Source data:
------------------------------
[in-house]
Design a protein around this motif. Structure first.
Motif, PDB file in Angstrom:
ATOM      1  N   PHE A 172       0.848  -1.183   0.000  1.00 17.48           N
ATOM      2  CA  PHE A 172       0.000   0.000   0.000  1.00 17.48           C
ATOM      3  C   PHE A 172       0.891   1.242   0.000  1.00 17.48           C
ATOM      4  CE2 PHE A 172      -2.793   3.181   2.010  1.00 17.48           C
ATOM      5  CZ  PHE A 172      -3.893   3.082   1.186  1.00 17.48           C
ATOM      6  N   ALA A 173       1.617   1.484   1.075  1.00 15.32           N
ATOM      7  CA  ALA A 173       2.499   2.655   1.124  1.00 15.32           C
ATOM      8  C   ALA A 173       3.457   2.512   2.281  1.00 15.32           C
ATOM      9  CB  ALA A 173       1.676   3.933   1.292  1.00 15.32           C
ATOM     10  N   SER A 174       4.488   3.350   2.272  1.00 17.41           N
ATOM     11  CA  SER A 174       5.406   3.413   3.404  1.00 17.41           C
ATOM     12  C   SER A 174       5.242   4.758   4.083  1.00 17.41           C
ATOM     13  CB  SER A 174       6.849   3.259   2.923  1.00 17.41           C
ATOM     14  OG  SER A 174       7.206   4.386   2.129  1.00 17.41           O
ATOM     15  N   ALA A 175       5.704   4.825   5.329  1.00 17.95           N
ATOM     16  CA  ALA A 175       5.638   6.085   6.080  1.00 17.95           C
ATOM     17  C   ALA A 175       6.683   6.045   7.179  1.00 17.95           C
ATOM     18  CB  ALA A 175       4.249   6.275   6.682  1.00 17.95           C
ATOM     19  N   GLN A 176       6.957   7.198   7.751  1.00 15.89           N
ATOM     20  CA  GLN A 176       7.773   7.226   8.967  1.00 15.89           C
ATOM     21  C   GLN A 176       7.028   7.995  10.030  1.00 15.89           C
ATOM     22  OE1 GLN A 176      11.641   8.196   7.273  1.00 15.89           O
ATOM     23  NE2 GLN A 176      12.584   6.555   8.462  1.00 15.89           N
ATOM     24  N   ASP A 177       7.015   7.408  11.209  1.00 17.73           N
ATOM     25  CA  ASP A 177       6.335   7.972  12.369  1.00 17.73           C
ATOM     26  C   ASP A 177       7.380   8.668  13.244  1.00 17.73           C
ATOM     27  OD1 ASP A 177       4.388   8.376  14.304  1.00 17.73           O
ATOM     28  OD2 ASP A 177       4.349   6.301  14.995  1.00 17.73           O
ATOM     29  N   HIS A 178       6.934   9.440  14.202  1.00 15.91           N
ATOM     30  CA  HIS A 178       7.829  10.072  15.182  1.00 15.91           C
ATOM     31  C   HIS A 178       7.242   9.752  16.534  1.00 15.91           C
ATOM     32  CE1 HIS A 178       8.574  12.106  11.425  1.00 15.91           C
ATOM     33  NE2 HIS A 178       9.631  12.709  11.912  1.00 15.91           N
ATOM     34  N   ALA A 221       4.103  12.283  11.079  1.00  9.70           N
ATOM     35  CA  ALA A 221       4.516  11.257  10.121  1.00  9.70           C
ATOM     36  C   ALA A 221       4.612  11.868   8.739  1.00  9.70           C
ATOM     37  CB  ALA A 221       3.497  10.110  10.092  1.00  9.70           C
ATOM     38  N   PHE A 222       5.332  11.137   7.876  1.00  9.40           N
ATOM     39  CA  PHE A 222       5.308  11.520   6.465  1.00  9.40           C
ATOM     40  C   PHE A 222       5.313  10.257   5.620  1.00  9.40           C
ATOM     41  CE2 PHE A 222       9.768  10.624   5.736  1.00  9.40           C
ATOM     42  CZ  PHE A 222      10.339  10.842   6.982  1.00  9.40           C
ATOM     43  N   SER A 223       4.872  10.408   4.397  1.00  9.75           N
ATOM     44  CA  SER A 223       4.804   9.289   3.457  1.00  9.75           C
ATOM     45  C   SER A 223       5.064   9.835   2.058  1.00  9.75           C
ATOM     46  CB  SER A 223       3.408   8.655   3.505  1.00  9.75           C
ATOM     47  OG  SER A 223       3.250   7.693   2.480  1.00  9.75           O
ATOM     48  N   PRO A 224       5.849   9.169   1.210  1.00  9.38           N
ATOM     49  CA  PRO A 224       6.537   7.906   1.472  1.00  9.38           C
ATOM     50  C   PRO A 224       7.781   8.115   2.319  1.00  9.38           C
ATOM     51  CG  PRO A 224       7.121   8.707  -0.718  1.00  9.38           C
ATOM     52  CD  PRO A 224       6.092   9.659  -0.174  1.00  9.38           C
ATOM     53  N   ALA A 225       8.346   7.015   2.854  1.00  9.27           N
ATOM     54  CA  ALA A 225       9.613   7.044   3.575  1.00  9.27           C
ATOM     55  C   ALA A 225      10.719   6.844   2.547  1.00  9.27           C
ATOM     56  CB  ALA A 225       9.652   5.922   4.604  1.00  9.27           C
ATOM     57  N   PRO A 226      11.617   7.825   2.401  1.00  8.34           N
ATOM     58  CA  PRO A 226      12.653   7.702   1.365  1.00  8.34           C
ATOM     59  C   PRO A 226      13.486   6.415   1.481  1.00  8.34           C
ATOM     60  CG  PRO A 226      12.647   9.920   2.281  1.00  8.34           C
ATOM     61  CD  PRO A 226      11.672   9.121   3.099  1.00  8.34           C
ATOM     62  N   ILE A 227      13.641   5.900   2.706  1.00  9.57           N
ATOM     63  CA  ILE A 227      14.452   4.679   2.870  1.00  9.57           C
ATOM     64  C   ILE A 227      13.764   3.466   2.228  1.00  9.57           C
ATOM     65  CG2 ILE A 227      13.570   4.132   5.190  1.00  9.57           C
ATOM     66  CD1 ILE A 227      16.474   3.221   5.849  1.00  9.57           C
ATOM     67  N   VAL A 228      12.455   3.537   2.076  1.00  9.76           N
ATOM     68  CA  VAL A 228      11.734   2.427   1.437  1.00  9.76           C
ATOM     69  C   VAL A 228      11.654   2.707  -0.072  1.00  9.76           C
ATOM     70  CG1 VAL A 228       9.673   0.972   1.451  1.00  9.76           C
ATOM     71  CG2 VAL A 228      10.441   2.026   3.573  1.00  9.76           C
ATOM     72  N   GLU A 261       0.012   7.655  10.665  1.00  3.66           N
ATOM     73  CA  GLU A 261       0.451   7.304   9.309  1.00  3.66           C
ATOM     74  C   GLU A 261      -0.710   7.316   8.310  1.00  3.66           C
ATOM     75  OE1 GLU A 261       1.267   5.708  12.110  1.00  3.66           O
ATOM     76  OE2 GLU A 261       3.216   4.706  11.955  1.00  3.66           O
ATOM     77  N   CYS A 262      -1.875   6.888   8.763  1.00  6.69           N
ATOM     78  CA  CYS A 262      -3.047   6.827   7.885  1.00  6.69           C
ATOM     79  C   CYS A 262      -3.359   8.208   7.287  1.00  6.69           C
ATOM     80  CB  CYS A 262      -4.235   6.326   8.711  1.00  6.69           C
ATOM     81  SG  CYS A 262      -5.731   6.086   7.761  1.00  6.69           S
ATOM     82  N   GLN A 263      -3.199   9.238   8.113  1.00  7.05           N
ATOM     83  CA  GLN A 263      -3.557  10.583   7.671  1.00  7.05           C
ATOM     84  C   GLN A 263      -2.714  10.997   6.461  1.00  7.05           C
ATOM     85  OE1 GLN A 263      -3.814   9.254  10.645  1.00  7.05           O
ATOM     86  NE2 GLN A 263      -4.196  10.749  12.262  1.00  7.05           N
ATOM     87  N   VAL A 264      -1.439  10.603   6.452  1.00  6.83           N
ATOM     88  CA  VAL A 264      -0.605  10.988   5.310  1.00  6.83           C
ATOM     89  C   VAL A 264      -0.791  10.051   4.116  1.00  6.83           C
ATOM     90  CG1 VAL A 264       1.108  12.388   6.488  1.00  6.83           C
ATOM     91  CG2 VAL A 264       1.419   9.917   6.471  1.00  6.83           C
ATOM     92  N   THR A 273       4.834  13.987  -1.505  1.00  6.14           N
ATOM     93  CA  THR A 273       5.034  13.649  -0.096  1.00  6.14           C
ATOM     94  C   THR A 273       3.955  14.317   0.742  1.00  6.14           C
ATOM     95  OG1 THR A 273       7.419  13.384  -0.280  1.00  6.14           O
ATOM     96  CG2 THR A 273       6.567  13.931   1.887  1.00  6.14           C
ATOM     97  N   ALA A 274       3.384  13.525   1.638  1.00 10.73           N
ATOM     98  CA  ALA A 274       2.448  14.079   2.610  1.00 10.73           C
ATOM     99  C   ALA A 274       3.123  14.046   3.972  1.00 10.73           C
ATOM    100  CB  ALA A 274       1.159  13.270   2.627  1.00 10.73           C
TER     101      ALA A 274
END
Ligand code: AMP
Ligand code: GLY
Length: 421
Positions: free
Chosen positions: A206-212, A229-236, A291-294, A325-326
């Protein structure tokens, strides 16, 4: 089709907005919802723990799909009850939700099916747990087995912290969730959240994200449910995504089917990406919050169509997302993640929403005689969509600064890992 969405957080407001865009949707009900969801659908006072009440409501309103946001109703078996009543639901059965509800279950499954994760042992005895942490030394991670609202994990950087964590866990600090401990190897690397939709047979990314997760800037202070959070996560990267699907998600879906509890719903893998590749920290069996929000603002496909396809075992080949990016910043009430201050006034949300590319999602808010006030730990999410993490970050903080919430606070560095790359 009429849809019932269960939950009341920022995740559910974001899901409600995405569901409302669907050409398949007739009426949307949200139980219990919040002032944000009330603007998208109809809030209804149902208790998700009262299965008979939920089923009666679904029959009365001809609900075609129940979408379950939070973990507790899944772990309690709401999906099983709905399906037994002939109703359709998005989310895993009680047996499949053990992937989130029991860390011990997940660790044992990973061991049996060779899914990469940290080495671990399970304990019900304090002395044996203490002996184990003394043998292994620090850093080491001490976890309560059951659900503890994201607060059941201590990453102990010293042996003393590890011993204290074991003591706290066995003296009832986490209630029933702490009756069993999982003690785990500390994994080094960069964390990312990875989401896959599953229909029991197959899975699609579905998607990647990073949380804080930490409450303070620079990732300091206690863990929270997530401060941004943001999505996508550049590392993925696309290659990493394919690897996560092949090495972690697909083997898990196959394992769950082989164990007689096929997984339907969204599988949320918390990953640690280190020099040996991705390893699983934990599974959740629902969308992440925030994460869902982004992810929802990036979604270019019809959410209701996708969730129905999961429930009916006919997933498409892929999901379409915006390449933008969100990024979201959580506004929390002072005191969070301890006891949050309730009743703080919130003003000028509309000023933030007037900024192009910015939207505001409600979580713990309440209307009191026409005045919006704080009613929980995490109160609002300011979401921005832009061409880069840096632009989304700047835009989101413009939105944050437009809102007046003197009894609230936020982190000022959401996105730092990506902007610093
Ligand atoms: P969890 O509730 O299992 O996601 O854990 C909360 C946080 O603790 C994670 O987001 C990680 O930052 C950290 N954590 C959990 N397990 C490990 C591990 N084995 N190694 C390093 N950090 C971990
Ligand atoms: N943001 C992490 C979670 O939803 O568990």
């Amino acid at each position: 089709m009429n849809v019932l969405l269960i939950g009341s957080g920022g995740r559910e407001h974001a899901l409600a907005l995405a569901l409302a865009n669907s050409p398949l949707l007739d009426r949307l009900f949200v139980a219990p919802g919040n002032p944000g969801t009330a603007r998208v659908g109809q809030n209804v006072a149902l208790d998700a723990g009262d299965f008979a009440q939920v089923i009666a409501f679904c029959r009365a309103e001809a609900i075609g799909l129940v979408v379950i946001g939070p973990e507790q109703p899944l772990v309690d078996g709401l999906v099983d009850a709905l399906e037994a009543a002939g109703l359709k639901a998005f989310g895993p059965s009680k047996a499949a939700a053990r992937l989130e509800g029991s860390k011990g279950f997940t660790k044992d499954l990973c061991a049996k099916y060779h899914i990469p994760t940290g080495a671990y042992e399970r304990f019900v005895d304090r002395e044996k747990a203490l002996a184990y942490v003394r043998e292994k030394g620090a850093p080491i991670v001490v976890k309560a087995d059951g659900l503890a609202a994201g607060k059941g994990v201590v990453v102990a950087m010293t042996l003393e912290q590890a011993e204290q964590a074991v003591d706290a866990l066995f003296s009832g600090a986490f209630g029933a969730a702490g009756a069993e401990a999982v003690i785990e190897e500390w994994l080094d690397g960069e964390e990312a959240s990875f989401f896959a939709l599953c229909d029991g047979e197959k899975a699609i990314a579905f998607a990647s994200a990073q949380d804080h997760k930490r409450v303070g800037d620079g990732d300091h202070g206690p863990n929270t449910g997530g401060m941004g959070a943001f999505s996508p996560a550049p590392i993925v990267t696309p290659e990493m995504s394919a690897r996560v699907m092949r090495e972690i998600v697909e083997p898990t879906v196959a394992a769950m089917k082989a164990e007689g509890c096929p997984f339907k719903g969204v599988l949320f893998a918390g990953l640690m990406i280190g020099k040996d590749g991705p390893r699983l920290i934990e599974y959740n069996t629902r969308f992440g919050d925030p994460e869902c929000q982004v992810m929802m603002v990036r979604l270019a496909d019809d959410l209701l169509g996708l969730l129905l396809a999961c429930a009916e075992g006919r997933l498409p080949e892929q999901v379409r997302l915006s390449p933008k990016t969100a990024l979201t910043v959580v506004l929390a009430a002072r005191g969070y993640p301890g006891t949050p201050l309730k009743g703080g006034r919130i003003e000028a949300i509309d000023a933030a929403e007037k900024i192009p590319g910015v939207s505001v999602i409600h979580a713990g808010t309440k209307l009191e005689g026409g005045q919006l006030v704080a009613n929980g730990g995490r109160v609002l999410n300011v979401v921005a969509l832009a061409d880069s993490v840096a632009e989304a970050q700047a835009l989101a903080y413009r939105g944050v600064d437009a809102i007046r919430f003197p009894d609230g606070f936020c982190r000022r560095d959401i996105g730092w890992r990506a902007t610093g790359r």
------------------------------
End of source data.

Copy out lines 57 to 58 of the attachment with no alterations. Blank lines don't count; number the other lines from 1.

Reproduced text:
ATOM     54  CA  ALA A 225       9.613   7.044   3.575  1.00  9.27           C
ATOM     55  C   ALA A 225      10.719   6.844   2.547  1.00  9.27           C